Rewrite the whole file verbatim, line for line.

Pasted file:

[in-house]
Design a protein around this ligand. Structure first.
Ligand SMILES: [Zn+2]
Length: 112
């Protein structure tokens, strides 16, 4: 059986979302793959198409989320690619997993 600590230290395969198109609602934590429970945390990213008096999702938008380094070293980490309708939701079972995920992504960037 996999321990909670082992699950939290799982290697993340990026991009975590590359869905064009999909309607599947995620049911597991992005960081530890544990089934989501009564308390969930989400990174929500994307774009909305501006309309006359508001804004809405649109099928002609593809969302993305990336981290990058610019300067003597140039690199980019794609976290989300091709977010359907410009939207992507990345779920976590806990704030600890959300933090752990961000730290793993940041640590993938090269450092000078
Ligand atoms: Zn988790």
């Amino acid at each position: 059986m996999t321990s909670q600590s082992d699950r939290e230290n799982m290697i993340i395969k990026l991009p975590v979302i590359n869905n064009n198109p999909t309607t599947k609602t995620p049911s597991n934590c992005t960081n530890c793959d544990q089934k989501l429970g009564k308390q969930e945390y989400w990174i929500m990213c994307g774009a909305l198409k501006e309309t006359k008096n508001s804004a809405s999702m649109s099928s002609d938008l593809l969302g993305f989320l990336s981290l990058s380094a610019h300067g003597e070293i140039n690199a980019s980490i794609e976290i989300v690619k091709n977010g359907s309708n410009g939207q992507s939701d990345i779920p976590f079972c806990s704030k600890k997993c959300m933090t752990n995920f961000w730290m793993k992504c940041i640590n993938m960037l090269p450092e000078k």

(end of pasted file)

[in-house]
Design a protein around this ligand. Structure first.
Ligand SMILES: [Zn+2]
Length: 112
């Protein structure tokens, strides 16, 4: 059986979302793959198409989320690619997993 600590230290395969198109609602934590429970945390990213008096999702938008380094070293980490309708939701079972995920992504960037 996999321990909670082992699950939290799982290697993340990026991009975590590359869905064009999909309607599947995620049911597991992005960081530890544990089934989501009564308390969930989400990174929500994307774009909305501006309309006359508001804004809405649109099928002609593809969302993305990336981290990058610019300067003597140039690199980019794609976290989300091709977010359907410009939207992507990345779920976590806990704030600890959300933090752990961000730290793993940041640590993938090269450092000078
Ligand atoms: Zn988790």
């Amino acid at each position: 059986m996999t321990s909670q600590s082992d699950r939290e230290n799982m290697i993340i395969k990026l991009p975590v979302i590359n869905n064009n198109p999909t309607t599947k609602t995620p049911s597991n934590c992005t960081n530890c793959d544990q089934k989501l429970g009564k308390q969930e945390y989400w990174i929500m990213c994307g774009a909305l198409k501006e309309t006359k008096n508001s804004a809405s999702m649109s099928s002609d938008l593809l969302g993305f989320l990336s981290l990058s380094a610019h300067g003597e070293i140039n690199a980019s980490i794609e976290i989300v690619k091709n977010g359907s309708n410009g939207q992507s939701d990345i779920p976590f079972c806990s704030k600890k997993c959300m933090t752990n995920f961000w730290m793993k992504c940041i640590n993938m960037l090269p450092e000078k």